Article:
News and Comment

The importance of embracing dissent

Wednesday 12 September 2012

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Last Wednesday I took part in The Guardian local government network’s live discussion on the subject of what makes a good council chief executive. I joined a panel of past and present council chief execs, think-tank policy formers and representatives from the Local Government Association to debate this issue and field questions.

Reflecting on what was a really constructive and fruitful exercise I noticed that more often than not the panel seemed to be in agreement over the skills successful leaders require. This is hardly surprising I guess.  Over many long and varied careers in local government, perceptive observers will have noticed that the best chief execs – though they can be very different – invariably share a core set of skills; such as the ability to build strong relationships with colleagues, make good calls on things as they see them and learn from service users and front line feedback.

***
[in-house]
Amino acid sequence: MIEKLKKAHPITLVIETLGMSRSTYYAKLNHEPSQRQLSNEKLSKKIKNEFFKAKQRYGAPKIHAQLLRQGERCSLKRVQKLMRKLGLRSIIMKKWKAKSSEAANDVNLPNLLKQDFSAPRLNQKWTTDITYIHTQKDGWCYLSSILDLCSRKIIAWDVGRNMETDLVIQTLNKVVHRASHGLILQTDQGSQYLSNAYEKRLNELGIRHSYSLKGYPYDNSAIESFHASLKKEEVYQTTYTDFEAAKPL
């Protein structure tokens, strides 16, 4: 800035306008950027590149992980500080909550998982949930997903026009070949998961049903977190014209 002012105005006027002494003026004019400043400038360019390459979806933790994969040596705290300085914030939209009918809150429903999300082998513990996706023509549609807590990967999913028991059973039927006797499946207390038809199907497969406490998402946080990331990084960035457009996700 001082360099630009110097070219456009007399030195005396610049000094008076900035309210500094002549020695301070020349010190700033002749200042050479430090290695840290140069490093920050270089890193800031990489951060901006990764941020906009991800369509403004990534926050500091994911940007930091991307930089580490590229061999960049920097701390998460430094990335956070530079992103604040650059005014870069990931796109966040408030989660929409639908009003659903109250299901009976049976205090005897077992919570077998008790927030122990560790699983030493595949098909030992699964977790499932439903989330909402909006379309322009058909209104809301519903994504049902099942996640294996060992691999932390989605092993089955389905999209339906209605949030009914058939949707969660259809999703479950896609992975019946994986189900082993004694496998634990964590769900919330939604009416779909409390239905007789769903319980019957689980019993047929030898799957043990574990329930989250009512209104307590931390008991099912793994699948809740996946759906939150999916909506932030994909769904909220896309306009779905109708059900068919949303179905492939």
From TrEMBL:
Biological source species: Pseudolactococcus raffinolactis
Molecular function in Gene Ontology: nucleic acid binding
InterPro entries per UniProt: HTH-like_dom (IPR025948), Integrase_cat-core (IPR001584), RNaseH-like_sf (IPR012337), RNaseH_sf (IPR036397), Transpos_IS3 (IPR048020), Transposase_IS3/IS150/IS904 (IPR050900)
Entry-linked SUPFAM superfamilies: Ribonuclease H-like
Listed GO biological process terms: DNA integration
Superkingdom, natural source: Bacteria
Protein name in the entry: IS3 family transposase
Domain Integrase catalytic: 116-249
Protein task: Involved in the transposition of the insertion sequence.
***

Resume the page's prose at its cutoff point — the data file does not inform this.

However, while a consensus of opinion existed among the panel, I couldn’t help thinking that for the aspiring chief execs of the future, something else will be needed.

For a chief executive, running a council of any size has always required the ability to mediate between disparate groups – both internally and externally – to establish a common purpose. Councils are now doing more to help people to do more for themselves – to unlock local capacity and to re-commission services to enhance their impact.  In this world, it is the people who ask the most difficult questions, who appear disruptive and whose perspective seems out of step with the majority that bring to light the uncomfortable truths that need to be addressed. Peripheral criticisms can often be the bellwether to changes needed.

So seeking out dissenters, even if you don’t always agree with them, is an important habit for any leader to get into.  Plain sailing may be pleasant, but it’s always better to know when the winds are starting to blow in another direction.